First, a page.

What should API look like for a marginal optimization algorithm?

I’d like to pick up the topics such as EM and GMO. For such an algorithm that distinguishes data y, missing data \psi, and actual (optimization) variables \theta, what user-facing API should be like if we build it into Stan? Take hierarchical models for example, with \theta controls the population model, \psi_i for individual i's latent parameter, and y_{ij} for his observation at t=t_j, if we want to use Stan in the inner-loop sampling of \psi_i \sim p(\psi_i | y_{ij}, \theta), how should allow user to specify the statistical structure?

I understand a parallel topic should be how to impl the algorithm, or even should we do such thing (EM is not really Bayesian, mode vs mean, MAP is not parameterization invariant, GMO hasn’t seen much field validation, etc), but I’d rather not digress too much.

@Bob_Carpenter @avehtari @rok_cesnovar @spinkney


What is GMO, I’ve never heard of that? Want to take a look.

“Gradient-based marginal optimization”. There’s an inactive Stan repo GitHub - stan-dev/gmo: Inference on marginal distributions using gradient-based optimization and iirc also a Stan branch somewhere. Bob has written about it in Tutorial on Monte Carlo EM and variants for MML and MMAP. Maybe @andrewgelman and @avehtari have more materials on it?

1 Like

I regularly find Stan too tightly bound to HMC… I think it would be great to be able to specify the Stan model independent of the estimation approach, then in a case like this I imagine specifying something like a list of parameters (ideally subsets of parameter structures) to either include or exclude in the various estimation steps.

A further step along these lines that I would find great but might be dramatic is to stop distinguishing between parameters and data inside the stan model, but rather have this fed in externally. The current approach is, I assume, much simpler from a dev perspective, but to me doesn’t seem helpful for modelling. Would be great to just e.g. perform operations on y, which in some cases contained missing data and we could request sampling, and in other cases was complete so no sampling needed, without needing to change the model.


GMO has been used to mean different things, so it would be useful to define which GMO do you mean.

Ah, here you define which GMO you mean. The development phase experiments were discouraging and the development stopped years ago. We couldn’t find an example where it would have worked with less log density evaluations than dynamic HMC in Stan. There are some theoretical arguments hinting that in general it’s not going to work.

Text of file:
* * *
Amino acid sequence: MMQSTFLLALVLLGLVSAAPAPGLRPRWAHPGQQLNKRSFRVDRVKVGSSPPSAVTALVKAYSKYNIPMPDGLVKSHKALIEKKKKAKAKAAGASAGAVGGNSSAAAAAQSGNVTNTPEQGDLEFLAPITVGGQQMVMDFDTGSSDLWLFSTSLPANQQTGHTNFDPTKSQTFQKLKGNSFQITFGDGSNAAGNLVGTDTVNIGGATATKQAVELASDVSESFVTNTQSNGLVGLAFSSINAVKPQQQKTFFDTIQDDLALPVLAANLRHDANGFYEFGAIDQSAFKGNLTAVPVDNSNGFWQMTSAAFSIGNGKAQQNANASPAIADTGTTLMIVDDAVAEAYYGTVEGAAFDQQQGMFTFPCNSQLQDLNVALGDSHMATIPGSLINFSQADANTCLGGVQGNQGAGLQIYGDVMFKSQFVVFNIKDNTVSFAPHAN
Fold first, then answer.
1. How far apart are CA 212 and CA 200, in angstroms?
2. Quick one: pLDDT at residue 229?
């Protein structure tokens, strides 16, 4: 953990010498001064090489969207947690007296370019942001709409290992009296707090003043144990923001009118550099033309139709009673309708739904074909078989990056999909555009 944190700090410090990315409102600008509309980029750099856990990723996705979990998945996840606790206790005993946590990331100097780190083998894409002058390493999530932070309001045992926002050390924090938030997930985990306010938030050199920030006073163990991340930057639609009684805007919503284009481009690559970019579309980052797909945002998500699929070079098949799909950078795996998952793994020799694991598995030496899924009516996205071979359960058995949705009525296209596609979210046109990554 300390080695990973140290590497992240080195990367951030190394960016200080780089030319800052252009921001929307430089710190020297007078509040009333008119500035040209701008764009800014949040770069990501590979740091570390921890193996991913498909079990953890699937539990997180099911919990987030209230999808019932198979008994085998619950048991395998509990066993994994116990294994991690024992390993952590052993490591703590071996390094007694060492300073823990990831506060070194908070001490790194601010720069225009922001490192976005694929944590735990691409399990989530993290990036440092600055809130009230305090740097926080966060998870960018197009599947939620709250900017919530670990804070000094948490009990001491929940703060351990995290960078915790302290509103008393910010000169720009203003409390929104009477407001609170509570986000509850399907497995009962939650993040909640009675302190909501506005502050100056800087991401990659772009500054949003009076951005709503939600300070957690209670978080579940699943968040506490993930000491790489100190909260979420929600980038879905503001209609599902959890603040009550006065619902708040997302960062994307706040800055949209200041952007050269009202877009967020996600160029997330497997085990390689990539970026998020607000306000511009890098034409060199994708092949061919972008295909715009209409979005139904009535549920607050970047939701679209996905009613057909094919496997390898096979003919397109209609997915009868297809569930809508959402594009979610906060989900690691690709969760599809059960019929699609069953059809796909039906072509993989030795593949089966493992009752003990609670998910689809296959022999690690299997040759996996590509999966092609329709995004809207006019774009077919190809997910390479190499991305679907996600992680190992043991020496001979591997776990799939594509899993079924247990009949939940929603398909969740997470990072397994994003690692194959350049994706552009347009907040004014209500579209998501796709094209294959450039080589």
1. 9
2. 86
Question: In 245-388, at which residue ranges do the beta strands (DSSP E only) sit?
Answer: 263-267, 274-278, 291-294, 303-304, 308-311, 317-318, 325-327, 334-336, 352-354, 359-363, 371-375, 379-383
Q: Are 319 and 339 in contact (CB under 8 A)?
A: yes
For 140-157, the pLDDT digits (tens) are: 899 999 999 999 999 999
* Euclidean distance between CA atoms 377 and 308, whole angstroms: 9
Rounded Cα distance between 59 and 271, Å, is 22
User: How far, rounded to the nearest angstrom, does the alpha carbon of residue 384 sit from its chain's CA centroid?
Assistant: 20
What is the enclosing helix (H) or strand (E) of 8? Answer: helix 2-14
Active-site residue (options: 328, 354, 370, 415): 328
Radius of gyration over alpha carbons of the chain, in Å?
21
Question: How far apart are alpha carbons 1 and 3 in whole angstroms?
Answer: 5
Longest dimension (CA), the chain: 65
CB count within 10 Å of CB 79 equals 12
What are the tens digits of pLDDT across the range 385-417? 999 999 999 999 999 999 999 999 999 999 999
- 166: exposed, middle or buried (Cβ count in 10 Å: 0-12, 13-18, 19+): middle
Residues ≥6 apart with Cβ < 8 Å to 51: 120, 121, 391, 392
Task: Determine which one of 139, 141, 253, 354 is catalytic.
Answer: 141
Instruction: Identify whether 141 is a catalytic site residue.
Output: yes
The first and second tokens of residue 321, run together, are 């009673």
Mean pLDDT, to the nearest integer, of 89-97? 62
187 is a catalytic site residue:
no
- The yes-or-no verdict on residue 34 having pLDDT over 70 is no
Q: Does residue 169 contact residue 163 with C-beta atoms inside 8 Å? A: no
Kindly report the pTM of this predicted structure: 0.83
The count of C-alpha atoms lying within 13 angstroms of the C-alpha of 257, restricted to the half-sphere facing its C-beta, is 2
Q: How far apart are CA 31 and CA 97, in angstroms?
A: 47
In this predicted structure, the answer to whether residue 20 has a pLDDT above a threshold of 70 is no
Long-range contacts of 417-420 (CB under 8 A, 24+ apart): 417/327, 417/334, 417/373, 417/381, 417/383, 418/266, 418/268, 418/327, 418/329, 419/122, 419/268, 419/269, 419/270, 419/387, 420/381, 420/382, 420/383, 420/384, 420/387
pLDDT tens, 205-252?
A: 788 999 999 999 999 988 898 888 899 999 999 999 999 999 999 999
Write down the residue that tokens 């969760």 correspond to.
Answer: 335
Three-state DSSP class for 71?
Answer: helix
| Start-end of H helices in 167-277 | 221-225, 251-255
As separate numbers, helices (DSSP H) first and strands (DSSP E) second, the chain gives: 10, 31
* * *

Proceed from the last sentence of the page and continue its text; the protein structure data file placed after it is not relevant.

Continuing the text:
But Hamiltonian Monte Carlo using an adjoint-differentiated Laplace approximation: Bayesian inference for latent Gaussian models and beyond by @charlesm93 et al, works if the latent conditional posterior is unimodal and well approximated with multivariate normal. This is progressing.

Yeah I brought GMO as an example tho it’s been inactive for while. Another example algorithm would be EP, like your work on GitHub - gelman/ep-stan, which can also be applied the above hierarchical model by marginalizing out \psi_i. I’m mostly curious how we can design/retrofit Stan syntax to such a model.

Obviously an alternative is we do it on top of Stan by calling the sampler in python, R, etc.

Hi, attached is an old draft of a GMO paper. It looks like Dustin wrote much of this, and I think it’s also based on some earlier version of mine that I can’t find now. The idea is that it would have the good features of glmer etc but be more general. I still think it’s a potentially great idea. When we tried to implement it for some lmer/glmer-type problems, I recall the algorithm not being as fast as we would hope, because lmer/glmer gains computational efficiency by saving some intermediate computations between iterations. But I don’t remember the details. I’m also ccing Charles as he might have some thoughts on this.

gmo.pdf (669 KB)

GMO’s idea is similar to Monte Carlo EM for general models which Bob’s tutorial linked in the thread describe. The specifics in GMO are around the type of algorithms we want to be using for Monte Carlo (namely, the proposal distribution we use to draw local parameters that we marginalize over and how to update that proposal over time). We also provide a Hessian using the Laplace approximation, and Sections 4-5 have a number of advanced cases that I still think are pretty neat.

When we tried to implement it for some lmer/glmer-type problems, I recall the algorithm not being as fast as we would hope, because lmer/glmer gains computational efficiency by saving some intermediate computations between iterations.

When we iterated on GMO for hierarchical GLMs, the only competing methods for nonconjugate models used numerical integration and it was easier to provide better estimates. Compared to lmer/glmer-type models, however, their lmer/glmer takes advantage of exact computations where coordinate ascent becomes iteratively reweighted least squares. We did want to have GMO for lmer/glmer models reduce to the exact computation as a special case (Sec 3.1). However, it was hard to beat lmer/glmer in benchmark time due to our code relying on RStan’s API which wasn’t low-level enough for our use cases: we had to call gradients multiple times unnecessarily.

The idea remains quite promising as it extends lmer/glmer to both nonconjugate models (via proposal distribution sampling) and large datasets where even IRLS is slow (via data subsampling). RStan’s API today may make the code slowdowns no longer an issue with refactoring.